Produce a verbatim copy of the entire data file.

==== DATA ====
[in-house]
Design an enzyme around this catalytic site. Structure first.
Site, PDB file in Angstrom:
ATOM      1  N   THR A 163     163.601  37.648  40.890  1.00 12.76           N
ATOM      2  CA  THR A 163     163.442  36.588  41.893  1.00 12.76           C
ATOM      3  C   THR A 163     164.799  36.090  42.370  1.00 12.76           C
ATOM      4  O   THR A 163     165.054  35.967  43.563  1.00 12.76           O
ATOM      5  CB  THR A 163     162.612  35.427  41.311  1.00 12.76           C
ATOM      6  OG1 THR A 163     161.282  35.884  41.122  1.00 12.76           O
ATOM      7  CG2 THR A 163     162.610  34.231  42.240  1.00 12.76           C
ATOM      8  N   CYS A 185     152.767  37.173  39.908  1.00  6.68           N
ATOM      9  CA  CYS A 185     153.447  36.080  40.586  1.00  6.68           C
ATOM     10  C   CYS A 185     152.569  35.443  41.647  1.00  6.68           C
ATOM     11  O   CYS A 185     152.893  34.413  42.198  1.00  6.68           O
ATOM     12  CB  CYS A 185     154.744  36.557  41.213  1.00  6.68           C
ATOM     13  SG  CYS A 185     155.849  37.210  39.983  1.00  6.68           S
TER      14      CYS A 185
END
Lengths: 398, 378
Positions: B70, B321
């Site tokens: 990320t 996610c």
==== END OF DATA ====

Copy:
[in-house]
Design an enzyme around this catalytic site. Structure first.
Site, PDB file in Angstrom:
ATOM      1  N   THR A 163     163.601  37.648  40.890  1.00 12.76           N
ATOM      2  CA  THR A 163     163.442  36.588  41.893  1.00 12.76           C
ATOM      3  C   THR A 163     164.799  36.090  42.370  1.00 12.76           C
ATOM      4  O   THR A 163     165.054  35.967  43.563  1.00 12.76           O
ATOM      5  CB  THR A 163     162.612  35.427  41.311  1.00 12.76           C
ATOM      6  OG1 THR A 163     161.282  35.884  41.122  1.00 12.76           O
ATOM      7  CG2 THR A 163     162.610  34.231  42.240  1.00 12.76           C
ATOM      8  N   CYS A 185     152.767  37.173  39.908  1.00  6.68           N
ATOM      9  CA  CYS A 185     153.447  36.080  40.586  1.00  6.68           C
ATOM     10  C   CYS A 185     152.569  35.443  41.647  1.00  6.68           C
ATOM     11  O   CYS A 185     152.893  34.413  42.198  1.00  6.68           O
ATOM     12  CB  CYS A 185     154.744  36.557  41.213  1.00  6.68           C
ATOM     13  SG  CYS A 185     155.849  37.210  39.983  1.00  6.68           S
TER      14      CYS A 185
END
Lengths: 398, 378
Positions: B70, B321
């Site tokens: 990320t 996610c």